I don't for a moment deny Jesus' humanity, but I do deny that He did not have direct contact with and knowledge of God the Father and His will. I will continue to speak out about any book, or article or ministry which I feel gives a low view of my Lord and Savior. You said you know Mr. Blackaby, then please ask him to read my review. I would be more then pleased to post his response or comments.


Back to my review of Experiencing God

I read with interest your reviews on the books "The Prayer of Jabez", and "Experiencing God". I read nearly the whole review on the first mentioned book and thought it was right on target. You articulated yourself very well and you supported your argument well with quotations from the book. My hat is off to you for exposing error and keeping readers on guard.

In the case of your critique of the second book, "Experiencing God", I take exception with you. First let me say that I did not read the entire review, so in saying that I take exception, I mean I take exception with the part of your critique that I actually read; the part where you state that "Experiencing God" "promotes a low view of the person of Jesus Christ". I do not think that the book promotes a low view of Jesus Christ. A part of my faith statement is that Jesus Christ was (mysteriously and inexplicably) both "fully God and fully man". If, in fact, he was fully man, it takes nothing away from his Divinity to aknowledge the struggles by which he found his way throughout his earthly pilgrimage. That there were struggles in Jesus earthly pilgrimage is evident throughout the gospel stories; the trip to the wilderness, the agony in the garden, the anguish on the cross are but a few examples. It is true that Jesus knew something of his identity when he was but 12. The evidence is clear from his response to Mary and Joseph after his disappearance at Jerusalem: "Don't you know that I must be about my Father's business". To acknowledge God as Father at age 12 is evidence that Jesus knew about the special relationship he had with God, but it does not assume a full knowledge of the particulars. Granted, if we come at the problem from Jesus Divinity, we might assert that he knew his identity fully from the very beginning; even as John states in his gospel. After all, if he is God; he knows all things. But if we come at the problem from Jesus humanity, we must assert that he did not know his identify fully. Otherwise, he could not be fully man; because as both you and I know, in our humanity, we cannot know everything.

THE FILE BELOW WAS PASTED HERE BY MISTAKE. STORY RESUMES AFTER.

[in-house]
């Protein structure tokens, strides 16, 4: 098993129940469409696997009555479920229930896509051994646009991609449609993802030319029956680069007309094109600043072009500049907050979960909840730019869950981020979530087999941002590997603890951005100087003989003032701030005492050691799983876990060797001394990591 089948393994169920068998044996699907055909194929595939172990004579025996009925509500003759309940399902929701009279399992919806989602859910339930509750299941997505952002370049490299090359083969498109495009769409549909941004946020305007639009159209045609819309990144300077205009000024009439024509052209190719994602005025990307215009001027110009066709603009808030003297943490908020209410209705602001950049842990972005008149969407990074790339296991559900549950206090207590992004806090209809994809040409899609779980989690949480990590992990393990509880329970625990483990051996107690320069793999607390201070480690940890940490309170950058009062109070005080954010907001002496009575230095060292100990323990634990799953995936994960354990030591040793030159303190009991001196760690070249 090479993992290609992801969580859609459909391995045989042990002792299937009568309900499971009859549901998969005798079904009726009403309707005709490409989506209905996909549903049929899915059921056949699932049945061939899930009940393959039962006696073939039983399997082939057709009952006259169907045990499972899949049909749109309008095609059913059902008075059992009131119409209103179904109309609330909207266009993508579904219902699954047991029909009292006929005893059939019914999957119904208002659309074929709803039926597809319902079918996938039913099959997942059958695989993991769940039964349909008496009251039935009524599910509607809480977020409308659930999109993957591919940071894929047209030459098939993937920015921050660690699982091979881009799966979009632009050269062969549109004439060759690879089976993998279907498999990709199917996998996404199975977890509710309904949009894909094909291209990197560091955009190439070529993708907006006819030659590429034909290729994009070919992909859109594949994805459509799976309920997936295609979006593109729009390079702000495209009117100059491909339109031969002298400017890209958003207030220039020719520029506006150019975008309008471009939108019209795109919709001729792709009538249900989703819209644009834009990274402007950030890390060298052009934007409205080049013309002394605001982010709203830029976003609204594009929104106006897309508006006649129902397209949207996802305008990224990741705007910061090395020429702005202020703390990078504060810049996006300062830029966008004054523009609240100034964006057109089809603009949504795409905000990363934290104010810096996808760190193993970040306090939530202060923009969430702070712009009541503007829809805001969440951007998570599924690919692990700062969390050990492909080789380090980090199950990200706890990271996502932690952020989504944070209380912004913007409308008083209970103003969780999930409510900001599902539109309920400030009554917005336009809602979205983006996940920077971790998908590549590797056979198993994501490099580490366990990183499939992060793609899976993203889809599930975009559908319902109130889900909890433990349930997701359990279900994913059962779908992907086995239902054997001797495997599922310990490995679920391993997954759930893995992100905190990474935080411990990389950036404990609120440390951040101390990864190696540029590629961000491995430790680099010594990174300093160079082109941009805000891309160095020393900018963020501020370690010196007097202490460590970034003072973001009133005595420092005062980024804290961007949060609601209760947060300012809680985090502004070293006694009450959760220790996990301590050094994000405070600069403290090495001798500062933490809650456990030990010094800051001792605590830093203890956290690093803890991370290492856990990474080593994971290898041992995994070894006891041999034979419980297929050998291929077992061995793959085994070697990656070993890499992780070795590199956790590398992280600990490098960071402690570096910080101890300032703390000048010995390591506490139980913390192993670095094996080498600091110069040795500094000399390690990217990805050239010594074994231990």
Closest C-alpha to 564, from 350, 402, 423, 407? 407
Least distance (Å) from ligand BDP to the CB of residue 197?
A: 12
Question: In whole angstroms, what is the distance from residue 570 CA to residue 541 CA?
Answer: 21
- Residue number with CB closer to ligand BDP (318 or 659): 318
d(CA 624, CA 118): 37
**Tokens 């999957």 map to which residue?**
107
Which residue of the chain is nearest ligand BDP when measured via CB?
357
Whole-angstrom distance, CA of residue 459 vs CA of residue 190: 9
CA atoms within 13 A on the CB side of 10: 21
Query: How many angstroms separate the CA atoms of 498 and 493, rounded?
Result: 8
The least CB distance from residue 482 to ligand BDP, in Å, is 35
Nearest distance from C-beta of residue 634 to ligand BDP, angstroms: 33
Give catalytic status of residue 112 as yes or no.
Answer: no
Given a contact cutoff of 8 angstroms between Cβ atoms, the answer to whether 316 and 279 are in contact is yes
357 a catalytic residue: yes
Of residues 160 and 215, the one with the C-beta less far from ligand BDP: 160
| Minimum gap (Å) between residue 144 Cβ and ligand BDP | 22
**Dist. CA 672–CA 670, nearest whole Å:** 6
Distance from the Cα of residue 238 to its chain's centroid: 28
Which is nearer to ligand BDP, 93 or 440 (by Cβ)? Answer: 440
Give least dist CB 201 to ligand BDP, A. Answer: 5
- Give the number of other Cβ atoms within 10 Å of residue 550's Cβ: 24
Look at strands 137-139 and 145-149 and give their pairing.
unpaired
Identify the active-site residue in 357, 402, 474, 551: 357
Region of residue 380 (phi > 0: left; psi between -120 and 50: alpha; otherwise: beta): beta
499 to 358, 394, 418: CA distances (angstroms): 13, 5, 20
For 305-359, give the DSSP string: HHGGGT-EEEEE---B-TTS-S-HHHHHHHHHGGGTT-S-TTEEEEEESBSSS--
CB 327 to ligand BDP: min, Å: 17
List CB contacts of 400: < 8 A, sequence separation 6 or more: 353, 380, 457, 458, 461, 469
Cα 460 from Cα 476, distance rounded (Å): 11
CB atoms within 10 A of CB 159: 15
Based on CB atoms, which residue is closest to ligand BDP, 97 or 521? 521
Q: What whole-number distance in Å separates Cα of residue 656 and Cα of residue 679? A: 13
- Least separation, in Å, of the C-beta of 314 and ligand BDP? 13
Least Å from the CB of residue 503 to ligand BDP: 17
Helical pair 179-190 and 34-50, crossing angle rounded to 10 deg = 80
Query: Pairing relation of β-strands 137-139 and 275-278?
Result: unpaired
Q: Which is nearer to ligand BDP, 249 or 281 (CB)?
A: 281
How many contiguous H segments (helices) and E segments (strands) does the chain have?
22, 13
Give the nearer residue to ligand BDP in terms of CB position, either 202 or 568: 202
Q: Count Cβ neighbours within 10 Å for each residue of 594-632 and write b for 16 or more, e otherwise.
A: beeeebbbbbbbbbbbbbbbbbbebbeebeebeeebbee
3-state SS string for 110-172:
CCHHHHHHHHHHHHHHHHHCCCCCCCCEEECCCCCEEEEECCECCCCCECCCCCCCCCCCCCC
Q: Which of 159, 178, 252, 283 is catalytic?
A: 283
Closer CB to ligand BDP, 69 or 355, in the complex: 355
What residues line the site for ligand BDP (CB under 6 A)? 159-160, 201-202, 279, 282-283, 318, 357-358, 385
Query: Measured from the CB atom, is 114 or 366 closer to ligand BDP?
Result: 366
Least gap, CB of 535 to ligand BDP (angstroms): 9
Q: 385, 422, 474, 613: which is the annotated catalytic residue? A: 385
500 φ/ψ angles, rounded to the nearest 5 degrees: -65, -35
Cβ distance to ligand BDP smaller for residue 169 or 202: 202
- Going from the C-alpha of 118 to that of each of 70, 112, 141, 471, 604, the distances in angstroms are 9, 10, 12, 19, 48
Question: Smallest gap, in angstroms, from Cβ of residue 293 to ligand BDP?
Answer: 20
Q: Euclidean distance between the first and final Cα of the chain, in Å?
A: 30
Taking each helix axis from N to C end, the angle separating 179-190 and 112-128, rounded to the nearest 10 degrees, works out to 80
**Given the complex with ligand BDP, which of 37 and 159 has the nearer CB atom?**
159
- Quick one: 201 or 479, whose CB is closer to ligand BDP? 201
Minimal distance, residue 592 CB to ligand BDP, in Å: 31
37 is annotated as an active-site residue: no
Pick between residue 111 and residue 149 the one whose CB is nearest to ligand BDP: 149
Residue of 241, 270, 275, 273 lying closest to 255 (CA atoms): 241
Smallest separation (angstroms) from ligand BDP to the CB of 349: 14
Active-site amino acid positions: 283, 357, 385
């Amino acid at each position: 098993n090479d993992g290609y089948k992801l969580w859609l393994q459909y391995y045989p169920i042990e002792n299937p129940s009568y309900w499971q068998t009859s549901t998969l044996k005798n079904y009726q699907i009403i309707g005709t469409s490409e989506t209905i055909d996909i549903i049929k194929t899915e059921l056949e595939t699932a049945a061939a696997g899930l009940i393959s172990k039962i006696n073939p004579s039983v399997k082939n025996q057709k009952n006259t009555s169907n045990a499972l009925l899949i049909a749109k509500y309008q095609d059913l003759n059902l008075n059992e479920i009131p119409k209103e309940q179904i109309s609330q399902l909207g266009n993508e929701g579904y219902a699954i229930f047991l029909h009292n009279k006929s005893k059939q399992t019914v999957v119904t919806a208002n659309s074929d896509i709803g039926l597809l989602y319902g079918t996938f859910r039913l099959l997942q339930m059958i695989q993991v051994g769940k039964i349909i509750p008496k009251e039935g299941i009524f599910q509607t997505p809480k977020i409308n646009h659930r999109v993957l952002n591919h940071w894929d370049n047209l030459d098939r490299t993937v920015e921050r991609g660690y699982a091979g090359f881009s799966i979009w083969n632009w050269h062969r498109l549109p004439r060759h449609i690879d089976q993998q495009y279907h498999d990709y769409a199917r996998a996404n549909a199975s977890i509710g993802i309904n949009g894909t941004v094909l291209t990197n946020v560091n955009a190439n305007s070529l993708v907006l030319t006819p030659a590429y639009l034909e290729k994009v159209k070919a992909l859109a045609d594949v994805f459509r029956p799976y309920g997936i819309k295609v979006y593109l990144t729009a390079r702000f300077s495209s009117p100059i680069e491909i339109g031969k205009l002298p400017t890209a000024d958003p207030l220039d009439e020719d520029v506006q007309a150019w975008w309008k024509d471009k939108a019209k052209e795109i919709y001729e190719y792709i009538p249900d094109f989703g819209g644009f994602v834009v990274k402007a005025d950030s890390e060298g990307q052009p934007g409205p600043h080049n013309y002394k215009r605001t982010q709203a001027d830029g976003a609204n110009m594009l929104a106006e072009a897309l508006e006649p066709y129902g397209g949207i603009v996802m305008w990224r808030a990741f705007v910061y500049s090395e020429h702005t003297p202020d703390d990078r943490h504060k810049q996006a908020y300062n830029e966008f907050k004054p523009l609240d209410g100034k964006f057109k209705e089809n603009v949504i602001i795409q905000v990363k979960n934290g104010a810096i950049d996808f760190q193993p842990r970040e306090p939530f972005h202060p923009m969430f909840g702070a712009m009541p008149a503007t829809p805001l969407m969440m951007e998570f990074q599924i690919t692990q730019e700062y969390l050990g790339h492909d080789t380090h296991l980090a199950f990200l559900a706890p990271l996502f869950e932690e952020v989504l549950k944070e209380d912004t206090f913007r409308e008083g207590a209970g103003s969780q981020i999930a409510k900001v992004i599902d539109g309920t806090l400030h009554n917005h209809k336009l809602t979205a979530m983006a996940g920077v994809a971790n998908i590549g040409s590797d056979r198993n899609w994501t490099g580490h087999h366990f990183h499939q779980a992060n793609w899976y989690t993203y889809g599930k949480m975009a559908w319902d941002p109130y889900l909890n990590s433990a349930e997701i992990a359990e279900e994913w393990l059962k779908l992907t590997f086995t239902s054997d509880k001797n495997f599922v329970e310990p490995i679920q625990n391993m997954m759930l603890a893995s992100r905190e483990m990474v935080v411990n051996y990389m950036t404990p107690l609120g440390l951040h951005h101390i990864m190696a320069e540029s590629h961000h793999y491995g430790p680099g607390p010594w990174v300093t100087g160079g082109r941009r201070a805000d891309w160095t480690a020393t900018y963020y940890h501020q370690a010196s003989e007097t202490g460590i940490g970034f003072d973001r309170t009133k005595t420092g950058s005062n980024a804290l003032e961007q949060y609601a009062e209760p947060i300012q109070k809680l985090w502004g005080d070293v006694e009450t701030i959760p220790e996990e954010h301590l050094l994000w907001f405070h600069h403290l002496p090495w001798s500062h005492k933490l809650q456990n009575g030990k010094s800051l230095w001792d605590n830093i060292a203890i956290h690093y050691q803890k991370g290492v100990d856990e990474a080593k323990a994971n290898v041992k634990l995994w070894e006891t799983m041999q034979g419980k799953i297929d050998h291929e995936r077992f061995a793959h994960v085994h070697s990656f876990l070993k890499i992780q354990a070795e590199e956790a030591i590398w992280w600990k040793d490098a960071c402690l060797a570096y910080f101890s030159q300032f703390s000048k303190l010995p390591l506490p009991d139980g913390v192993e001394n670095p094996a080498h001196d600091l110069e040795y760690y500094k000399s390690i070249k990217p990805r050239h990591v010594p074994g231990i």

What it boils down to is this: the great paradox of the incarnation (God in the flesh). No theologican over the 2000 year history of the church has been able to fully explain it. And that is precisely why I do not think "Experiencing God promotes a low view of the person Jesus Christ". The author courageously enters into exploration of the mystery of the incarnation. Let me say emphatically that there is a difference between a "dumb carpenter" who doesn't know his ass from a hole in the ground and a carpenter who struggles to know his identity and who wrestles with issues of the will of God. When I hear Jesus crying out in the garden, "Lord, if it is possible let this cup pass from me", I don't regard that as the cry of a "dumb carpenter". When I hear Jesus cry out from the cross, "My God, My God, Why have you forsaken me", I don't see that as a "dumb carpenter". Instead, I see the human side of Jesus; and I think that is all that is intended in the book "Experiencing God". According to Hebrew 4:18, "Jesus was tempted in all points..". "ALL POINTS". Not some points, but all points; including the temptations that come in the effort to know what God's will is!